Next FIR by month-end likely to throw up new names
After the first salvo, the Central Bureau of Investigation (CBI) is gearing up to register cases against at least another half a dozen companies in the coal block allocation case. In what looks like a replay of the 2G telecom FIRs and subsequent charge sheets, the CBI is widening the probe into the coal matter, pinning down many more corporate and government entities in the process.
When asked about the timing of the next FIR, after the first one against five companies, their directors and unknown government officials yesterday, a senior CBI official replied, “not sure”. His answer was the same on the number of companies likely to be named in the next FIR.
But, sources close to the development pointed out the CBI was preparing to register more cases in the coal scam by the end of the month. The investigation team is learnt to be questioning companies including Visa Power, Pushp Steel and Mining, GVK Power, and Rungta Mines over the allotment of coal blocks. The CBI had also raided the official premises of Inertia Iron and Steel along with Jayaswal NECO in Nariman point (Mumbai) yesterday.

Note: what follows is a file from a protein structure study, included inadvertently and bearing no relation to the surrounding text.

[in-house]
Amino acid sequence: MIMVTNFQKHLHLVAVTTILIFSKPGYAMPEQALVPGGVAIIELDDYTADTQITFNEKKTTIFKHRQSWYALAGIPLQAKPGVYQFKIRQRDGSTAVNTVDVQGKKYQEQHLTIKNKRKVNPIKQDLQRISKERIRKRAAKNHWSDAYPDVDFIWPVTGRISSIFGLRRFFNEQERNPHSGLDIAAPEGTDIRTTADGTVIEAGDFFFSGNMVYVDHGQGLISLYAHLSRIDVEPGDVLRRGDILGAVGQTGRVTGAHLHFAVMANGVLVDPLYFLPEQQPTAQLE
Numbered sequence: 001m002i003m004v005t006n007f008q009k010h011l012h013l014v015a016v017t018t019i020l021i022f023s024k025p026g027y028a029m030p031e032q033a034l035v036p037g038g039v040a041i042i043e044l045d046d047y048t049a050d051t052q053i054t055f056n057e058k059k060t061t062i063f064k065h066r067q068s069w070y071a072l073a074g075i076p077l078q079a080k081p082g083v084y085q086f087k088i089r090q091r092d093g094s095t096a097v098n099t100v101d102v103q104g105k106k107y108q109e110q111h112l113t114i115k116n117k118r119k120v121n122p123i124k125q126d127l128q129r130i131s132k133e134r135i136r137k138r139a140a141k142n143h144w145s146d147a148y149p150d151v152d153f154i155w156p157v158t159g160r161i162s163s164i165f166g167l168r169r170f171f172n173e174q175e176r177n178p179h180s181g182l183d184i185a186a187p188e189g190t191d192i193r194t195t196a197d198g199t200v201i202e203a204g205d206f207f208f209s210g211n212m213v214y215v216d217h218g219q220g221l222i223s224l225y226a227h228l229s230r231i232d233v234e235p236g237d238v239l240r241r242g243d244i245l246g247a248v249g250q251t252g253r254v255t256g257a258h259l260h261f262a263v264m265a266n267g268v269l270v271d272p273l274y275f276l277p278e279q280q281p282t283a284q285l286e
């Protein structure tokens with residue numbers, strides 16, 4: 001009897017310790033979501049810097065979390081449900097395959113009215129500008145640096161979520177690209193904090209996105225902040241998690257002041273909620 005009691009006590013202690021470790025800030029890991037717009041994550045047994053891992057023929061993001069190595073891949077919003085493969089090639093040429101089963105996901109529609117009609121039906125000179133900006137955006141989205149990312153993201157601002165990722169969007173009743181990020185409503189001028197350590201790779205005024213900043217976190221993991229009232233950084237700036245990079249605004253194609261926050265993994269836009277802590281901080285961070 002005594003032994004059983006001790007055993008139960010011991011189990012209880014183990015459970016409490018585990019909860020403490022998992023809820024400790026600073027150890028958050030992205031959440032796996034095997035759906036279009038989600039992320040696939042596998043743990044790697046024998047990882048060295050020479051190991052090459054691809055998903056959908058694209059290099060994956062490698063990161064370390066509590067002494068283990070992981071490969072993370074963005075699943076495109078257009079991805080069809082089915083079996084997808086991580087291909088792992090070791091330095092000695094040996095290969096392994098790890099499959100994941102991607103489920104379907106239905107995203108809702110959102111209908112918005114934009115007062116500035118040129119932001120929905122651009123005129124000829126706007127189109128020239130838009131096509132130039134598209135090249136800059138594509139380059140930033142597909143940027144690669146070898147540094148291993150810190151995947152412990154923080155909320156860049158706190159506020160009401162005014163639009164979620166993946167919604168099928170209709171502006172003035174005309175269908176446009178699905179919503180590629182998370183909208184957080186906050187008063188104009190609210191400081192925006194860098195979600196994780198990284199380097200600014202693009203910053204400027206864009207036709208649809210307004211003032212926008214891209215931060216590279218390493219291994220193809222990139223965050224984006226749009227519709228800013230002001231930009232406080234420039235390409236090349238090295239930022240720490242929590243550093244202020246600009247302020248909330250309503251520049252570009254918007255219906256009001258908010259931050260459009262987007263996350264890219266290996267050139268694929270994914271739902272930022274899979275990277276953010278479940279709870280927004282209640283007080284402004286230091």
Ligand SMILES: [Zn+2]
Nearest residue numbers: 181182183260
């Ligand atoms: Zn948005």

The Comptroller and Auditor General (CAG) report on the allocation of coal blocks had named many of the companies being probed by the CBI for not starting production at the blocks allocated to them. According to the report, Rungta Mines was allocated Choritand Taliya block on May 14, 2008, but it is yet to start production.
The CBI is verifying the genuineness of the information provided by the companies at the time of submitting applications for allotment. The investigation is covering companies that got coal blocks between 2006 and 2009. Three of the companies named by the CBI have alleged links to Congress MP Vijay Darda. The CBI statement, however, did not name Darda.
|THE CBI'S COAL INVESTIGATION|
|The six companies on the radar are Visa Power, Pushp Steel and Mining, GVK Power, Rungta Mines, Inertia Iron and Steel, and Jayaswal NECO|
As the preliminary inquiry proceeds, the CBI is likely to throw up other names. It is yet to reveal the names of government officials who may have played a role in the irregularities during allocation. “We cannot say if these were state or Centre level officials, but there was some connivance,” the CBI spokesperson said.
The CAG audit covers only 57 of 142 blocks allocated in the said period, all of which belong to the private sector and are opencast mines. The CBI is not looking into allocations made to public sector units.
The DGCA said the regulator was planning to set up a separate General Aviation wing to regulate the sector
Tariffs are determined primarily on cost-plus method and reviewed by the electricity regulatory commissions